FORT WAYNE, Ind. (WANE) — When it comes to overall women’s pay Indiana is on the low end compared to other states. Will the pandemic make it worse?
According to the Bureau of Labor Statistics, as of 2019 Hoosier women, 73.6 cents on the dollar compared to men. That pre-pandemic number is down slightly from an upward trend Indiana has been on.
“Since 1997 when the data collection for the states began Indiana’s women’s to men’s earnings ratio has ranged from a low of 65.9% in 1997 to a high of 84.7% in 2016,” said Katherine Males, an economist with the Bureau for Labor Statistics. “Women’s earnings have been edging up in comparison to men’s since 1997 in the state of Indiana.”
The bureau finds the comparison by taking the average income of men and women from a sample of 60,0000 workers and compares them. On the 2019 survey, Indiana was near the bottom of the list compared to other states, but according to Males, the data should not be compared state-to-state. The reason being that there are too many variables not factored in.
“The decline could have been anything from changes in job responsibilities work experience specialization, it could be aging out of a demographic,” Males said.
Numbers have not yet been released for 2020, but the pandemic is expected to play a role in any wage data that comes out. In part, because of high unemployment throughout.
“At the beginning of the pandemic when we were looking at record unemployment we were seeing a few industries that were particularly hard hit, manufacturing, then we also had food and hotel so restaurants and hotels were hit, significantly as with some retail,” Blakeman said. “There’s been a lot of talk about this being what they’re calling a ‘She Session,’ affecting women more than men.”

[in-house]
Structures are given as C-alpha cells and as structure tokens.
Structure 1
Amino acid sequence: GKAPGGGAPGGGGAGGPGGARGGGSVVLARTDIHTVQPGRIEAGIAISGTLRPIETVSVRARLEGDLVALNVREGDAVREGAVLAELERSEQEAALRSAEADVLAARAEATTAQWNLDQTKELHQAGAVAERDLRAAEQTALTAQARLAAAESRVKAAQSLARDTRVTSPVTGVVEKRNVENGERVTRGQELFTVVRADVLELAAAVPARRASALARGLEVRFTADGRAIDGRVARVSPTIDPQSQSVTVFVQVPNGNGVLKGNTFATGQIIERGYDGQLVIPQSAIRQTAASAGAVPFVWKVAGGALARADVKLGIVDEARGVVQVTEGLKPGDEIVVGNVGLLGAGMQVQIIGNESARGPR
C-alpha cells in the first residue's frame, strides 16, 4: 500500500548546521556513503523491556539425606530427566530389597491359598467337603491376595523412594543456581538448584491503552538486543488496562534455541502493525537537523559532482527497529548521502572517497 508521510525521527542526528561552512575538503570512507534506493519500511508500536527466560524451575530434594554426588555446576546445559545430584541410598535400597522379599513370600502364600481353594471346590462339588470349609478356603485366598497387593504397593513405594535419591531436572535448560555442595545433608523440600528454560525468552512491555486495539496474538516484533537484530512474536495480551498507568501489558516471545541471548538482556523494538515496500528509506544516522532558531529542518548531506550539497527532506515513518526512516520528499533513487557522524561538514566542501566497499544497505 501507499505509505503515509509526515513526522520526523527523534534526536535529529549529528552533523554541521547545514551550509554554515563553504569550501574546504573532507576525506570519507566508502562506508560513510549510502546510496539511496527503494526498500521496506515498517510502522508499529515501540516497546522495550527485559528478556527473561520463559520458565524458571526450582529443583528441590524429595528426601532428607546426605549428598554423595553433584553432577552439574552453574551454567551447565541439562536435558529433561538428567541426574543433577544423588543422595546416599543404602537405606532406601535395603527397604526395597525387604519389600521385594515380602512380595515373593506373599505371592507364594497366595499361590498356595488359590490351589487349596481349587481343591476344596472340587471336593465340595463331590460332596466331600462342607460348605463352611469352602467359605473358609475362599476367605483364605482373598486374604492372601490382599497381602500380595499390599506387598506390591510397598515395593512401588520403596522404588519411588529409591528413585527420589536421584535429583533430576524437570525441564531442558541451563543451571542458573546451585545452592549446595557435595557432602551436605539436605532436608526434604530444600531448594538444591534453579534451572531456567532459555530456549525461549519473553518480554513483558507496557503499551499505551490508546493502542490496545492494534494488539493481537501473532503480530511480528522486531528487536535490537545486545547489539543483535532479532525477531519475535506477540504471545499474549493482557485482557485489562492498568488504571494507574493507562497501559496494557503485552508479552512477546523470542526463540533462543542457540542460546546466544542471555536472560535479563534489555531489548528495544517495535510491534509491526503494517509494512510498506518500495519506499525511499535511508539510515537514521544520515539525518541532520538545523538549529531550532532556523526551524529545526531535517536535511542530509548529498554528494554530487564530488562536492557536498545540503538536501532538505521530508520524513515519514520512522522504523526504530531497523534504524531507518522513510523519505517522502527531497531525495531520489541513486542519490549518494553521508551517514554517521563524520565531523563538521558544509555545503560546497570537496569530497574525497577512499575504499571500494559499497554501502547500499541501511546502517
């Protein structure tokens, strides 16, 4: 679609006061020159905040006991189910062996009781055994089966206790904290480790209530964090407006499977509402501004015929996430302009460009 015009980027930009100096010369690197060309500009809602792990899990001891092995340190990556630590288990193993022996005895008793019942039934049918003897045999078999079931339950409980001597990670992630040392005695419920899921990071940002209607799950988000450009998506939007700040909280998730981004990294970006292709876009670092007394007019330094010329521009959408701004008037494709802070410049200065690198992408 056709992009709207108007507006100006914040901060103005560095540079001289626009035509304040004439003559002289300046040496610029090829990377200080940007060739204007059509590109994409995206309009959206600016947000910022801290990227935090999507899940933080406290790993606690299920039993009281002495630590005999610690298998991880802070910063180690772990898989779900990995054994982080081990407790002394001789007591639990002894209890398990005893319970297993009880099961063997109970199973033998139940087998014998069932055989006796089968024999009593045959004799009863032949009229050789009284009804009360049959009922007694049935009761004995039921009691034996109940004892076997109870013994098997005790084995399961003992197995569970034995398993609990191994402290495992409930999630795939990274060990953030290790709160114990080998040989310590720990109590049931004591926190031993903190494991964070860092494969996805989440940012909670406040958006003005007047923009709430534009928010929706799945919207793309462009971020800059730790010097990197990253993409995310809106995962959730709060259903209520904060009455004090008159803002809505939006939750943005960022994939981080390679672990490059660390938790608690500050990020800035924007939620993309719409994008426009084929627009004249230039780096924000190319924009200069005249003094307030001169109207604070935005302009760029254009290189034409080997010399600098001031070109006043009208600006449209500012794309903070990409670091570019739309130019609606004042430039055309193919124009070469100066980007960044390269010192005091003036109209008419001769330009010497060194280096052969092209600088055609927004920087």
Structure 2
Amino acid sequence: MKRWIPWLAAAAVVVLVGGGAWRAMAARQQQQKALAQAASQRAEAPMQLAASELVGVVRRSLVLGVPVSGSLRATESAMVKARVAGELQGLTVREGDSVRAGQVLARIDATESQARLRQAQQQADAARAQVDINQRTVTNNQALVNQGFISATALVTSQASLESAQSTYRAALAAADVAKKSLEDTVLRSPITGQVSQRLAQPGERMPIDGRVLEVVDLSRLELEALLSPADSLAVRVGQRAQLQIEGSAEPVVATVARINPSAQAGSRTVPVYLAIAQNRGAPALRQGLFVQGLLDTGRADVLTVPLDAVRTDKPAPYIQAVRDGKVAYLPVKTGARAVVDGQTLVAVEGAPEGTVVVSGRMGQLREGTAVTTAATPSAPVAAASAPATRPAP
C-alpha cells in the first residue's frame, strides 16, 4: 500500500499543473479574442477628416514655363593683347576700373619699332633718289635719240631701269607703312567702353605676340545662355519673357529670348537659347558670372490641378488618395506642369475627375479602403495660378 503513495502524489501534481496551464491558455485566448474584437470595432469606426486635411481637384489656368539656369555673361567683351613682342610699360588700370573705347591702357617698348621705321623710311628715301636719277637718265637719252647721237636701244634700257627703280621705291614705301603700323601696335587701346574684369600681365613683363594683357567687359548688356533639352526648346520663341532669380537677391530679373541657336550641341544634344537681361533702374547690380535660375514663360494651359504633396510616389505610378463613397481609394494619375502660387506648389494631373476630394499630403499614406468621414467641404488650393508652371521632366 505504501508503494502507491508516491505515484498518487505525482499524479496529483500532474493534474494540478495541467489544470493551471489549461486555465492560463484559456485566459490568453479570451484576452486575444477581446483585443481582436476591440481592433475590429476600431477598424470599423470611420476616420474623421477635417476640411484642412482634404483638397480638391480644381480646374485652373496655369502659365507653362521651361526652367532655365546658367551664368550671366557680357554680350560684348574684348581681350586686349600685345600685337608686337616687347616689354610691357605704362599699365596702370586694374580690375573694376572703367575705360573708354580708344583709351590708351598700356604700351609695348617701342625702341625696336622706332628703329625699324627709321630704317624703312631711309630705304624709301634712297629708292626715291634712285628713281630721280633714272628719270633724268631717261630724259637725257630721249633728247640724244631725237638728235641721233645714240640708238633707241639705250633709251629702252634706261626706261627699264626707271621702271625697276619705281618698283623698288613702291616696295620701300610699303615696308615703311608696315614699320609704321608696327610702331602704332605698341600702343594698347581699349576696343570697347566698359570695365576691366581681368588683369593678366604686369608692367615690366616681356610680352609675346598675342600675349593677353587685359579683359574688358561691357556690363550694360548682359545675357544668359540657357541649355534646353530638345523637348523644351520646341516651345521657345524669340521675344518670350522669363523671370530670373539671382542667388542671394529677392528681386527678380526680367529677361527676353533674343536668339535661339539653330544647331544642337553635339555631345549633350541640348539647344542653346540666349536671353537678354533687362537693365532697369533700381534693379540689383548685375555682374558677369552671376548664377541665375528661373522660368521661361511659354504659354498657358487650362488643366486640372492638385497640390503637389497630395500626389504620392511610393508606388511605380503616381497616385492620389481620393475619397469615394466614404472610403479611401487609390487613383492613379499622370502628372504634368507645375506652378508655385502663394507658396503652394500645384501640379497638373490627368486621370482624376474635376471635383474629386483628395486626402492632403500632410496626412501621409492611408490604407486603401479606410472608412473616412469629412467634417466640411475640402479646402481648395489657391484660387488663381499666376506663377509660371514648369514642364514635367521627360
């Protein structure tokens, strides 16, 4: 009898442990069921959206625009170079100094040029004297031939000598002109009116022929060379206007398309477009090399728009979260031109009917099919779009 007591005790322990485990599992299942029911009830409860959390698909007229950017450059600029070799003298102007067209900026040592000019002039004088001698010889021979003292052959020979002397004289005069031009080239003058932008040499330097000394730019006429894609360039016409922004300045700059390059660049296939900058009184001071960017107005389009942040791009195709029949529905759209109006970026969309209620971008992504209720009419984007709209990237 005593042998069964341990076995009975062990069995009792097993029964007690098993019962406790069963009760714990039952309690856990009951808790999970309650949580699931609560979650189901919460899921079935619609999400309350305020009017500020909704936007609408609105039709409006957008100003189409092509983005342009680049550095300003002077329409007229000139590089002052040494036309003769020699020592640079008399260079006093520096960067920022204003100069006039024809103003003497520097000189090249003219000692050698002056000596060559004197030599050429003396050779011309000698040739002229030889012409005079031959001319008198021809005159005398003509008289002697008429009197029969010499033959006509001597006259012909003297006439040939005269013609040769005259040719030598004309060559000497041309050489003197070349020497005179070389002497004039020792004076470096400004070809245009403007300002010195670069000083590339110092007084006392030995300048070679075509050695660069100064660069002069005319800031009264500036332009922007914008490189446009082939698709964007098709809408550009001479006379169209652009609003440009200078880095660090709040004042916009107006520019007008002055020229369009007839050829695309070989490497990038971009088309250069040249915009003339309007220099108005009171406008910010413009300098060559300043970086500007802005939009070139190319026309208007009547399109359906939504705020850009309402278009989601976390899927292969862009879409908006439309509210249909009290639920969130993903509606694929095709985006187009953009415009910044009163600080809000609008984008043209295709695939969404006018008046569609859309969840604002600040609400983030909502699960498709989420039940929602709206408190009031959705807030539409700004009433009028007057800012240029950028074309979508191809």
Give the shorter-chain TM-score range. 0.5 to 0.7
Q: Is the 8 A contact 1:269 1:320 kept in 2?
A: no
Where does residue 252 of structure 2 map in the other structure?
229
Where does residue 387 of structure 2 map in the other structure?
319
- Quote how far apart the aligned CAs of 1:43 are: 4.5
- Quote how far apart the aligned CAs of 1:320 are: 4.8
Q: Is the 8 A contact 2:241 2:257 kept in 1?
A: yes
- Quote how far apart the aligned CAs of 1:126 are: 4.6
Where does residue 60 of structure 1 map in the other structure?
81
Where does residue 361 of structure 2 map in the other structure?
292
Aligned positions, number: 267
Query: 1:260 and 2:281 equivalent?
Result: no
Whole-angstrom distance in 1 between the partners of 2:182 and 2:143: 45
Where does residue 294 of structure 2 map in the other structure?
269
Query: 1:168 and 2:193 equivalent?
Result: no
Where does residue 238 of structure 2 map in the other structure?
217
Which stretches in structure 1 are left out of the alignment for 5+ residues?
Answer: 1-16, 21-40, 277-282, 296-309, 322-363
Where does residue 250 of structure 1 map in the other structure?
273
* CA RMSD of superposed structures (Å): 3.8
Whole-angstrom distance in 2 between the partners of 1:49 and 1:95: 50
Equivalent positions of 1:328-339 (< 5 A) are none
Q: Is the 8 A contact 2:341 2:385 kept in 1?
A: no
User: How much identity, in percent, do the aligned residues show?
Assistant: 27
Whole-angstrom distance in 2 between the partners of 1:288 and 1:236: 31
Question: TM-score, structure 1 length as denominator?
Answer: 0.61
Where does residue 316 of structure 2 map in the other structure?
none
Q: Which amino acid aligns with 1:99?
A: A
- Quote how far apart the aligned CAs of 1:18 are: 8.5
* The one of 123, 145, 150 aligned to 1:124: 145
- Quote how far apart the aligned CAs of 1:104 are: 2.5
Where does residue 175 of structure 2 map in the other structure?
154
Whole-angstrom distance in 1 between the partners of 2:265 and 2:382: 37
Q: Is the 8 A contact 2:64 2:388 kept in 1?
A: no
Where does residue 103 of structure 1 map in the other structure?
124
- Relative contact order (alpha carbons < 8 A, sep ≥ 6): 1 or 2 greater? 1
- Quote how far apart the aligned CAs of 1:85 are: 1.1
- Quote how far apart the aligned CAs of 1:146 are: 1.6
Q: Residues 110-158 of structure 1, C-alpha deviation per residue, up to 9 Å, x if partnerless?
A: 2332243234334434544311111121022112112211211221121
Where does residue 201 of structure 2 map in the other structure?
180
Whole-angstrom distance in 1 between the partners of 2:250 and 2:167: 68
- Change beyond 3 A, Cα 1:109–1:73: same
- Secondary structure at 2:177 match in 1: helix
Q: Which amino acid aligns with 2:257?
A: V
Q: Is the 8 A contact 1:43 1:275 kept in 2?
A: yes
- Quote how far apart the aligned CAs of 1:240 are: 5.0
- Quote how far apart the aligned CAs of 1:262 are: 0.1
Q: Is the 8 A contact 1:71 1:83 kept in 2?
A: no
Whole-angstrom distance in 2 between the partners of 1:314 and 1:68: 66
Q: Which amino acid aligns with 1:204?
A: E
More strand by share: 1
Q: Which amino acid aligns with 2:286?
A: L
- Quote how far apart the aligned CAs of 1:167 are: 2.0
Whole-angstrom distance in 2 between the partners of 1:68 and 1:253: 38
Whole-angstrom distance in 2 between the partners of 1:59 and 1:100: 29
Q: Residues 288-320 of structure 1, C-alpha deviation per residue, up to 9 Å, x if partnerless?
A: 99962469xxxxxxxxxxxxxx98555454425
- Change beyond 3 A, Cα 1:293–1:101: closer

While Northeast Indiana tends to be lower in wages than the rest of the state, Rachel Blakeman, Director for Purdue Fort Wayne’s Community Research Institute, said the pandemic may have helped.
“Actually for many women because that, that supplemental unemployment, probably brought their income up because it was to average the national average for wages,” said Blakeman. “Fort Wayne Allen County of northeast Indiana have wages that are typically below average.”
Although that may be the case nationally, Northeast Indiana men took the higher hit to their wages.
“Interestingly here in northeast Indiana men were more effective at first, because of that input that reliance that we have here on manufacturing.”
As for what could happen post-pandemic, Blakeman said the gender gap could actually widen going forward as some people were sent home from work and others chose to stay home as their children were dealing with e-learning education.
“It may have been a decision that somebody needed to stay home and help their child get online every day,” said Blakeman. “There may have been some women who decided to leave the workforce temporarily.”
Some of those women may choose to return to work part-time or not at all, especially if they found working part-time or less was more cost-effective for their family. There will also be some men and women who chose to go into retirement during the pandemic.
Another factor is that the pandemic may inspire women to look for jobs in higher-paying industries, like the healthcare field.
Blakeman said the pandemic has brought the discussion of a gender wage gap back into the spotlight as the pandemic highlighted some of the issues, but that finding a solution going forward is more complicated. The availability and cost of childcare tend to be major factors, however, Blakeman said that getting more women to look for careers in manufacturing would make a huge difference.
“We know that manufacturing in northeast Indiana pays more than most jobs,” said Blakeman. “How can we get women into manufacturing, because that just by the very nature of the work tends to pay more per hour? So it can be sometimes career choices but women are making and helping them identify what are some higher-income jobs so do we want to see women in the skilled trades, do we want to have women on construction sites.”
One of the first things to watch, according to Blakeman, is how ready employers are to take on employees who have been out of work for the past year.
“Let’s hope that employers will not penalize workers who have not been working for the past year,” said Blakeman. “When they’re ready to say, you know, what I’m ready to come back to work, but they’re not saying, well, why didn’t you work for the past year. Well, because did you live through the pandemic with me? Do you remember why we did these things? So let’s hope that then employers are ready to re-engage workers who want to be there.”